'Double-vaxxed the saviour': Giant opens up on COVID diagnosis

RISING Greater Western Sydney defender Georgia Garnett is grateful for being fully vaccinated after testing positive to COVID-19 earlier this week.

Garnett had some mild symptoms, but is already starting to feel better as she continues her recovery.

"I'm feeling a lot better. The first couple days were a bit [tougher], but I'm definitely coming back," Garnett told womens.afl

"I think being double-vaxxed was a saviour to be honest. I've heard people having it a lot worse who weren't double-vaxxed so I'm very grateful.

"I had a bit of a blocked-up nose, a bit of a cough, a bit fatigued, but it's been something different every day. I'm coming back to (feeling better) now."

Georgia Garnett fends away Libby Graham during training on November 15, 2021. Picture: Getty Images

The Giants players were given a mini-break last weekend, with a handful – including Garnett – opting to take advantage of the border opening between New South Wales and Victoria and catch up with family and friends.

The 20-year-old was keen to take precautions after her time away, and after returning late in the evening, opted to isolate in the granny flat in her parents' backyard (she lives out of home normally) before taking a test.

A rapid antigen test in the morning came through with the dreaded positive, before a PCR test confirmed the result. She doesn't know how she caught the virus.

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"I didn't get it through lockdown, I didn't know anyone who got it, so when I got it, it was like 'this is actually happening, it can happen to anyone, I'm not invincible'," Garnett said.

"There were a few emotions, but I'm all sweet now. Just really grateful that I've had the education and training to do the rapid after you've been somewhere high risk.

"There's also the mental aspect. There was a bit of anxiety over inconveniencing other people, someone else could have caught it from me, so there was a bit of anxiety there. 

"The girls have reassured me over the last couple of days that it's going to happen, and we're going to have to deal with it, and we have dealt with it really well."

Georgia Garnett is sprayed by teammates after a win in her debut game against the Suns. Picture: Getty Images/AFL Photos

The Giants have delivered exercise equipment for Garnett to use when she feels up to it, and her teammates who are close contacts are isolating for seven days from the last point of exposure, per New South Wales government regulations for double-vaccinated people.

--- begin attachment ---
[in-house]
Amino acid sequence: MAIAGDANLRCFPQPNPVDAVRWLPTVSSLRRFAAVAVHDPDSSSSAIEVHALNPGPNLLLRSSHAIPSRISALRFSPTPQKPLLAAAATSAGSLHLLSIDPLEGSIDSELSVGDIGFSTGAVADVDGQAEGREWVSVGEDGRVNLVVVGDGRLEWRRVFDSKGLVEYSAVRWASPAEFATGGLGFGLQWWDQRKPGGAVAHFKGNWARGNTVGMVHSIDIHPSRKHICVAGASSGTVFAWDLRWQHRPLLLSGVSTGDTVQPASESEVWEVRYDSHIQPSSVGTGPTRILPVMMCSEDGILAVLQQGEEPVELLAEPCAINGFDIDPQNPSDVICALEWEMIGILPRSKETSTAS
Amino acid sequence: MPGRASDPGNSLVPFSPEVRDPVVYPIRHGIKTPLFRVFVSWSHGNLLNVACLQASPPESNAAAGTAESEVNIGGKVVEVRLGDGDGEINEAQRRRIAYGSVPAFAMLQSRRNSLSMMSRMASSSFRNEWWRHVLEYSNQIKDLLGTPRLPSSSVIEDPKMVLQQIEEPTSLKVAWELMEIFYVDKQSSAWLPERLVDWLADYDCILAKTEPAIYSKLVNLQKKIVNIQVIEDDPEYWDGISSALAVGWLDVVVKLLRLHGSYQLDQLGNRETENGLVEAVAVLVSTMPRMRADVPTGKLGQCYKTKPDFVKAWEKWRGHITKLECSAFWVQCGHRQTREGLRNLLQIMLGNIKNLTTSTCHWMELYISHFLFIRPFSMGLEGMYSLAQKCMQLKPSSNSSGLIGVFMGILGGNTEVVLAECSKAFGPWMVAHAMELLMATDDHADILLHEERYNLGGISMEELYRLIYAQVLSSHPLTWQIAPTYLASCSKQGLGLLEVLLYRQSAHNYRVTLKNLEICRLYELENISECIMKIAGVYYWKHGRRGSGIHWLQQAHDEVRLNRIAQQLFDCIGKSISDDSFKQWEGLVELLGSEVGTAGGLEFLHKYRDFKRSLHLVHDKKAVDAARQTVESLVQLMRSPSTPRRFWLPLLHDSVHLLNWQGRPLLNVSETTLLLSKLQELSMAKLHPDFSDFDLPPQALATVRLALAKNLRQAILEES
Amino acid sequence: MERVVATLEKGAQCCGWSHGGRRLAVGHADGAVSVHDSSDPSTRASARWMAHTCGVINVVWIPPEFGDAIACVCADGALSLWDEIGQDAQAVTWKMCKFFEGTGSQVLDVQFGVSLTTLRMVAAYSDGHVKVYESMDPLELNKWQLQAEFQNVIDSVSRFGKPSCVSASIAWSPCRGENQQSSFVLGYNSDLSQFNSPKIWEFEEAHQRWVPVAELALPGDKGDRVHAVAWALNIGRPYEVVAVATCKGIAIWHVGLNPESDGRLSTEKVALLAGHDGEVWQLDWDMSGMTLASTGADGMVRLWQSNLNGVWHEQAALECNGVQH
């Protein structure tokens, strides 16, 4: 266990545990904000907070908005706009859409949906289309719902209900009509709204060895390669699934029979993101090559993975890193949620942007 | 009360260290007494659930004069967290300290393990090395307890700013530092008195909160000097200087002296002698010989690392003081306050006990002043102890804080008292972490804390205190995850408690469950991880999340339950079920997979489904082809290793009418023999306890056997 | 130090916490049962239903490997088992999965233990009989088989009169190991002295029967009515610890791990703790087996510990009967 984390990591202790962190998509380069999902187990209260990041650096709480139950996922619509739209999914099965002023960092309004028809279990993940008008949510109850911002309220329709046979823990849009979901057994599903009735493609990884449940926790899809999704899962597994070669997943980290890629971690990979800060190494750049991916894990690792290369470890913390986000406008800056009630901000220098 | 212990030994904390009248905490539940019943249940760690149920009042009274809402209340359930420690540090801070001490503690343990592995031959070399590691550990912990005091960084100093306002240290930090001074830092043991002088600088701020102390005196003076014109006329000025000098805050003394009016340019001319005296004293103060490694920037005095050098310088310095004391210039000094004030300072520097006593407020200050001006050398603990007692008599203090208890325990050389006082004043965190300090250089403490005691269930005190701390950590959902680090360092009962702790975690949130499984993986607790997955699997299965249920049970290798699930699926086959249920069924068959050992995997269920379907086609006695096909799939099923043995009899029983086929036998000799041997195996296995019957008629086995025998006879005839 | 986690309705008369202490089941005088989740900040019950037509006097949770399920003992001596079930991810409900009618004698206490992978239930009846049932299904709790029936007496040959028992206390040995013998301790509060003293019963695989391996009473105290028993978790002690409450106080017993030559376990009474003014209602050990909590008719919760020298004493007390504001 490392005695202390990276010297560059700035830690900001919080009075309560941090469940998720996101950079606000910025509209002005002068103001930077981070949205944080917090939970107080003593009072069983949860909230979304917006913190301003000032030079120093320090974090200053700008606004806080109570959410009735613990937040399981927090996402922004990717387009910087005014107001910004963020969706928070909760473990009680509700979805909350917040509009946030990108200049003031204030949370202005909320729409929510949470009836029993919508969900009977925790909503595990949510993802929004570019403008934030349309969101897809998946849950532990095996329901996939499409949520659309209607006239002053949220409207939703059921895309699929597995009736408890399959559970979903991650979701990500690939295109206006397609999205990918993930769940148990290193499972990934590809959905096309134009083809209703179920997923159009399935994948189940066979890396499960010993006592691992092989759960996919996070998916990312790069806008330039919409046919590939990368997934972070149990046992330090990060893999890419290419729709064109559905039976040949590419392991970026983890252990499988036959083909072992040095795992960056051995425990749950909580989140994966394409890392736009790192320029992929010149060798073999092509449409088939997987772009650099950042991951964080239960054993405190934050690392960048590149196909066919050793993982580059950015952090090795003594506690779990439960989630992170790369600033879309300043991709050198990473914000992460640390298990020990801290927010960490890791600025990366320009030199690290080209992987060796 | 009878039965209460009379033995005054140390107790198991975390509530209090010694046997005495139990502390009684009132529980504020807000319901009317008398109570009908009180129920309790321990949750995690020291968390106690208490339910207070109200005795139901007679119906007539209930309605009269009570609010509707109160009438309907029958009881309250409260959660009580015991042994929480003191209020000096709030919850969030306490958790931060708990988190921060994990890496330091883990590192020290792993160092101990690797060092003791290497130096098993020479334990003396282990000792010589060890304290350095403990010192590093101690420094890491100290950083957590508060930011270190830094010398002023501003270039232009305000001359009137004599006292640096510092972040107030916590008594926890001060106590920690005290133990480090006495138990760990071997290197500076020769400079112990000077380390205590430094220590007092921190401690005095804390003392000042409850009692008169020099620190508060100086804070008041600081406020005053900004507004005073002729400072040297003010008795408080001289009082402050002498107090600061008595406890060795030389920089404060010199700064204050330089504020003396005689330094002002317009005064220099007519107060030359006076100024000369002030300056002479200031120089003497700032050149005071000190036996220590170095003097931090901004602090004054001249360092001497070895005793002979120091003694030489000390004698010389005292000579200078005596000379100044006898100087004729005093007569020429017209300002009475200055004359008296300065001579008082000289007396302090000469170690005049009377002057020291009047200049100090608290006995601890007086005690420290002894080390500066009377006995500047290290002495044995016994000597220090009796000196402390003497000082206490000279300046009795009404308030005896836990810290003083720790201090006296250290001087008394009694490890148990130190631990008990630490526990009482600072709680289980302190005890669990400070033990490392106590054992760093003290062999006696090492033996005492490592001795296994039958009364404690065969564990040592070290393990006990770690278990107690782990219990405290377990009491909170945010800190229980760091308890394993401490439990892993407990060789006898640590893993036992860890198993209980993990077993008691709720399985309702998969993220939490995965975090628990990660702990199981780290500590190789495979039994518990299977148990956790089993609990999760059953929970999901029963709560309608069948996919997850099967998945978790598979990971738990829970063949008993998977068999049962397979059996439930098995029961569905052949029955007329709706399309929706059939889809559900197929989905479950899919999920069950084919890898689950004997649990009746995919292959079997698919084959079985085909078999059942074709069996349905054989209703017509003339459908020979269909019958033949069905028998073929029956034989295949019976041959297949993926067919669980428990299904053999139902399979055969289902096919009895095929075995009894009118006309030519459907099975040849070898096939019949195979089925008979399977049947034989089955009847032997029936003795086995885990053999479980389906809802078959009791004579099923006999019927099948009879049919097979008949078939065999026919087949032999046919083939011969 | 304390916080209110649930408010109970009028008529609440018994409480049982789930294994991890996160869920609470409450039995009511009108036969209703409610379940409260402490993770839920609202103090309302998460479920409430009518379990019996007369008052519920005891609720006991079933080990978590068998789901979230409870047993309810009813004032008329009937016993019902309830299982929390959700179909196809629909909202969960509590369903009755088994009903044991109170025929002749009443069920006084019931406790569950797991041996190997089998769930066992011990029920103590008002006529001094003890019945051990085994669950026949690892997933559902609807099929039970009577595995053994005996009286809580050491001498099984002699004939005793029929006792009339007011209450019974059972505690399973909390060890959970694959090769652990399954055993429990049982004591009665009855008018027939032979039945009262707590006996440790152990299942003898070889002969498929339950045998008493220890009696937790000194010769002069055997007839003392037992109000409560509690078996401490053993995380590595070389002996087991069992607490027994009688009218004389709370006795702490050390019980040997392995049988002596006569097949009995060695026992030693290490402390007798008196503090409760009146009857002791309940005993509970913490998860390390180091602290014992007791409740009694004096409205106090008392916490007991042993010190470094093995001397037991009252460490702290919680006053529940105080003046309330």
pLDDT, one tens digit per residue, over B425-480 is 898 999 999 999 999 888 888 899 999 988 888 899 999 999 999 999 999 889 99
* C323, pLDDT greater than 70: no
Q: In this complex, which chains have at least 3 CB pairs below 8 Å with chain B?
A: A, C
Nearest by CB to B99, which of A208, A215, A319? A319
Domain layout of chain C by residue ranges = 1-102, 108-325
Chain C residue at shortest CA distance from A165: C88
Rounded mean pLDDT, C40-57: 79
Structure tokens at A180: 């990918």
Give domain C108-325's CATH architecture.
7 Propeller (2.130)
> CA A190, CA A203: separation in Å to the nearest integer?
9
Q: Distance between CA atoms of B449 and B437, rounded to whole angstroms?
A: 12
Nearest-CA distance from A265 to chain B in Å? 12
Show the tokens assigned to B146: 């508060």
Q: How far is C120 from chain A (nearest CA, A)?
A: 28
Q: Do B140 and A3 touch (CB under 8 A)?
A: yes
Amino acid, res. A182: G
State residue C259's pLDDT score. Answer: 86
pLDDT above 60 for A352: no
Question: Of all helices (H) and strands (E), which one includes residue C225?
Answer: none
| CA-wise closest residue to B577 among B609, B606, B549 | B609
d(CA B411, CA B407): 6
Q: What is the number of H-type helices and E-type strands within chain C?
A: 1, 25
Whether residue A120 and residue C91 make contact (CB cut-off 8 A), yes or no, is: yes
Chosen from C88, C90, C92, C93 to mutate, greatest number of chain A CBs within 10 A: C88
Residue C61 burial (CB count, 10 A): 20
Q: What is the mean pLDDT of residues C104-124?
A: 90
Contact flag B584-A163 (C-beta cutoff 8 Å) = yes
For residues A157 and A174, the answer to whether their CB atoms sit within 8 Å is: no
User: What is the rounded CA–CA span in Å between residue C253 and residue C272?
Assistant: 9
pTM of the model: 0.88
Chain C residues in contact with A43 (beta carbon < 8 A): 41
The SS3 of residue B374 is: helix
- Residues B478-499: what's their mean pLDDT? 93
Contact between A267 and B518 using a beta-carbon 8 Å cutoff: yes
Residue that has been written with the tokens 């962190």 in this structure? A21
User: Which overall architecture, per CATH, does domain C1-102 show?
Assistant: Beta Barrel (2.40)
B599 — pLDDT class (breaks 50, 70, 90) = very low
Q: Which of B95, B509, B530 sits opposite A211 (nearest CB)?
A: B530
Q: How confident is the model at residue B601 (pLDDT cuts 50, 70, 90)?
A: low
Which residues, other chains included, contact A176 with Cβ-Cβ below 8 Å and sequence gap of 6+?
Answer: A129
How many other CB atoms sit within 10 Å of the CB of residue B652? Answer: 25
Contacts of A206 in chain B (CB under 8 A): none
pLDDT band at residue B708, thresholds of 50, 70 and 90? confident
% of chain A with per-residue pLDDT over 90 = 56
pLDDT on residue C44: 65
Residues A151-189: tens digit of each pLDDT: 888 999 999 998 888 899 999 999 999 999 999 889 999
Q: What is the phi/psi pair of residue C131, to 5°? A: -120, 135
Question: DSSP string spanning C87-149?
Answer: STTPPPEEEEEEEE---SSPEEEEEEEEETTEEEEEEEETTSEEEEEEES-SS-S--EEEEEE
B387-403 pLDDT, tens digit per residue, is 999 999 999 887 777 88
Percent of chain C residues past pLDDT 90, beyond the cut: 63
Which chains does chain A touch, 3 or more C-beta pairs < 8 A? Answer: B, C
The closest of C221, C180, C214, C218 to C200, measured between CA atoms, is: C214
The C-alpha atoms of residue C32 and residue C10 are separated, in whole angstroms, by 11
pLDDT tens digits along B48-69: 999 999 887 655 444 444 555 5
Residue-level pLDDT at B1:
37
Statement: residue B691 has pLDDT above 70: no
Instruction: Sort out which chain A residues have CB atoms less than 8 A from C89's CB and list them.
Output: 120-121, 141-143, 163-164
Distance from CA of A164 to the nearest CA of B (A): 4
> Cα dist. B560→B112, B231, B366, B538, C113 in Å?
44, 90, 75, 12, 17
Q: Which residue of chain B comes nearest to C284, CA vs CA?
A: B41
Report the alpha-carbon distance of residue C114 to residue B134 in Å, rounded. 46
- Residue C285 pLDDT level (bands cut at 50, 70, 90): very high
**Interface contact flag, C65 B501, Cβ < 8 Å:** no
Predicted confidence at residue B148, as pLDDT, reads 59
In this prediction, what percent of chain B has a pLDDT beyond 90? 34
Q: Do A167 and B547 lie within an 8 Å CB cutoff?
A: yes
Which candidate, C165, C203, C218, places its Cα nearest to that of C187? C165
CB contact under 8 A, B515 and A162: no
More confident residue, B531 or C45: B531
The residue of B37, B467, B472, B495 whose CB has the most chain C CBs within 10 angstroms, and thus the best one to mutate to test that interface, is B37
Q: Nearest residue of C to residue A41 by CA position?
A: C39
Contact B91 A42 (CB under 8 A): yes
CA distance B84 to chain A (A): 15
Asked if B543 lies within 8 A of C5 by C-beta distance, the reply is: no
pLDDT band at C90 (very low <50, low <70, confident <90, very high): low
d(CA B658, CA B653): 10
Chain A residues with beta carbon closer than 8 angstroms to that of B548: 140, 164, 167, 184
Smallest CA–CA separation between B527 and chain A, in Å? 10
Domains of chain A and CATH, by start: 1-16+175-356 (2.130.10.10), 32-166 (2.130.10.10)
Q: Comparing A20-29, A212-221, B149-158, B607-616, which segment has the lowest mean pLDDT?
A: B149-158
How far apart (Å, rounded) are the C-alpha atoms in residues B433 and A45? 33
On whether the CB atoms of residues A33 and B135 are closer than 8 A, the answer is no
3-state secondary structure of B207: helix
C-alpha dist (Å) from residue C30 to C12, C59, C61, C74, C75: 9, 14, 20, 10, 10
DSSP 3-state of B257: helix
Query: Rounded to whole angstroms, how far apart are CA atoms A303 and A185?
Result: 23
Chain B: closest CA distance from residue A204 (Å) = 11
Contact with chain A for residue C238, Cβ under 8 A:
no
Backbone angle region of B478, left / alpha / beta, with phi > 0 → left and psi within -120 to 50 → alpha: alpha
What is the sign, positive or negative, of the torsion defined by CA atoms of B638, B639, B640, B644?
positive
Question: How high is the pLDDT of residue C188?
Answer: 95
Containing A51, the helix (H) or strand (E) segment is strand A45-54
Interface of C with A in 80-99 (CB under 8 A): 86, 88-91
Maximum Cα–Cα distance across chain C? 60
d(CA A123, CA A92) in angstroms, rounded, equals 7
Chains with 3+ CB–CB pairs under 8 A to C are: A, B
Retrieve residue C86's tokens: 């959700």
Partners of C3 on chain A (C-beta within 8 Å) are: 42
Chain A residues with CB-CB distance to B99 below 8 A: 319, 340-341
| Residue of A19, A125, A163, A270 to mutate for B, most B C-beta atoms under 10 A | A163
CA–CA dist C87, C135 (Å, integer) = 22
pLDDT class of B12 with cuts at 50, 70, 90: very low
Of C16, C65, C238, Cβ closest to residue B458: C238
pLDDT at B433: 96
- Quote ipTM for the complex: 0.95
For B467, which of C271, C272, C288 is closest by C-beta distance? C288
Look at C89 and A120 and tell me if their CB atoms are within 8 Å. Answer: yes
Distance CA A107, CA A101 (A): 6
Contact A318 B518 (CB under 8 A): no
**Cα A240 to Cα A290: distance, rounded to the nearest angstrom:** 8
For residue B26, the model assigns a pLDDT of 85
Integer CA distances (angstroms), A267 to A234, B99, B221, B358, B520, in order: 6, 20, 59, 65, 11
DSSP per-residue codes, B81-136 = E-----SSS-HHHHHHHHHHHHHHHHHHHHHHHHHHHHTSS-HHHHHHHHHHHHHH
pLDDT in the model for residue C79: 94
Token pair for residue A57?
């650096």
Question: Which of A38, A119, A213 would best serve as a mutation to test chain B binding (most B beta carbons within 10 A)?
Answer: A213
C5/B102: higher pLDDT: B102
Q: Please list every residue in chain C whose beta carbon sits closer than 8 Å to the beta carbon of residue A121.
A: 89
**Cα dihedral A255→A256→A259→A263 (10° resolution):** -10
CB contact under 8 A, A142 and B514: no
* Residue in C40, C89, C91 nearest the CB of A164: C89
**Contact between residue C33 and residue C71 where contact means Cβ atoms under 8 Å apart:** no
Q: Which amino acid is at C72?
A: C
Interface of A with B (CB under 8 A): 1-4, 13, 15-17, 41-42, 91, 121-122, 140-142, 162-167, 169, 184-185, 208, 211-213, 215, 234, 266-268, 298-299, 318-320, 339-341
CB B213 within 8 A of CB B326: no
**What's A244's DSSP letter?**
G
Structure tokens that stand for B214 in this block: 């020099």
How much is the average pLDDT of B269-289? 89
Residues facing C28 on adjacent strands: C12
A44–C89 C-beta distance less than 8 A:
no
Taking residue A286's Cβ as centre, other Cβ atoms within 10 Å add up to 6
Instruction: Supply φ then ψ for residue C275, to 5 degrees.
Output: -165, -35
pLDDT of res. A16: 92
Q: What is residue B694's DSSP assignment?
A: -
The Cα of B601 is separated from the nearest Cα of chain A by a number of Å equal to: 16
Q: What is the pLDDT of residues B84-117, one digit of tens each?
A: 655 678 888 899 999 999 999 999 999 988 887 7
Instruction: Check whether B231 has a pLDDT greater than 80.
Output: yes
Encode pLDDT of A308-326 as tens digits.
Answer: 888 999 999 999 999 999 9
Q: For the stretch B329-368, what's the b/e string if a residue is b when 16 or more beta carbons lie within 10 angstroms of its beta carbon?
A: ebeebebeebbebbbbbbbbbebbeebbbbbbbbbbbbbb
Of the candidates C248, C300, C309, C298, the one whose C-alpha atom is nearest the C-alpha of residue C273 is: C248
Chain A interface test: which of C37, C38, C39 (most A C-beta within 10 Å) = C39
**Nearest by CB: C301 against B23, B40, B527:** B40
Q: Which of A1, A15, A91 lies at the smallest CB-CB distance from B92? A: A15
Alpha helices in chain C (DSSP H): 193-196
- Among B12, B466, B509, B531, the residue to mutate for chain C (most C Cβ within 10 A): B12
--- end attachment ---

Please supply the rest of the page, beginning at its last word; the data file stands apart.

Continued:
Those players were already isolating awaiting their own test results, having undergone the same precautions as Garnett.

"They're training hard on their exercise bikes, that's all they can do at the moment unfortunately," Garnett said.

"And whenever I'm feeling up to it, I'll start slowly getting back into it. I'm lucky enough that our granny flat connects directly with our backyard. I've still got a heap of gym equipment from lockdown, so I'm grateful for that. 

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"It'll be a lot of exercise bike, a few gym sessions to fill in the day. I'll probably go through some training footage as well, really anything I can do to fill in the time and keep involved.

"I've had a few UberEats deliveries from the girls, a few care packages as well from friends and teammates, so I'm very grateful for that.

"I didn't lose my sense of taste, thank god, which was interesting. Nothing like being stuck in iso and not being able to taste anything."

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AFL executive general manager of football Andrew Dillon speaks to the media about the League's COVID-19 vaccination policy

Garnett is eager to promote the benefits of vaccination, as well as returning to a sense of normality with a dash of sensibility, like taking rapid antigen tests after being in high-risk environments.

"I was happy to share this story because we're opening up now, and as long as we're double-vaxxed, I don't think we should be too worried and live our life in fear," she said.

"Speaking from experience, being double-vaxxed has made a world of difference. After a couple of days, I'm starting to feel fine. Now we're opening up, it is going to happen, so we have to be aware of it, but as long as we do the right things, we just keep on living."

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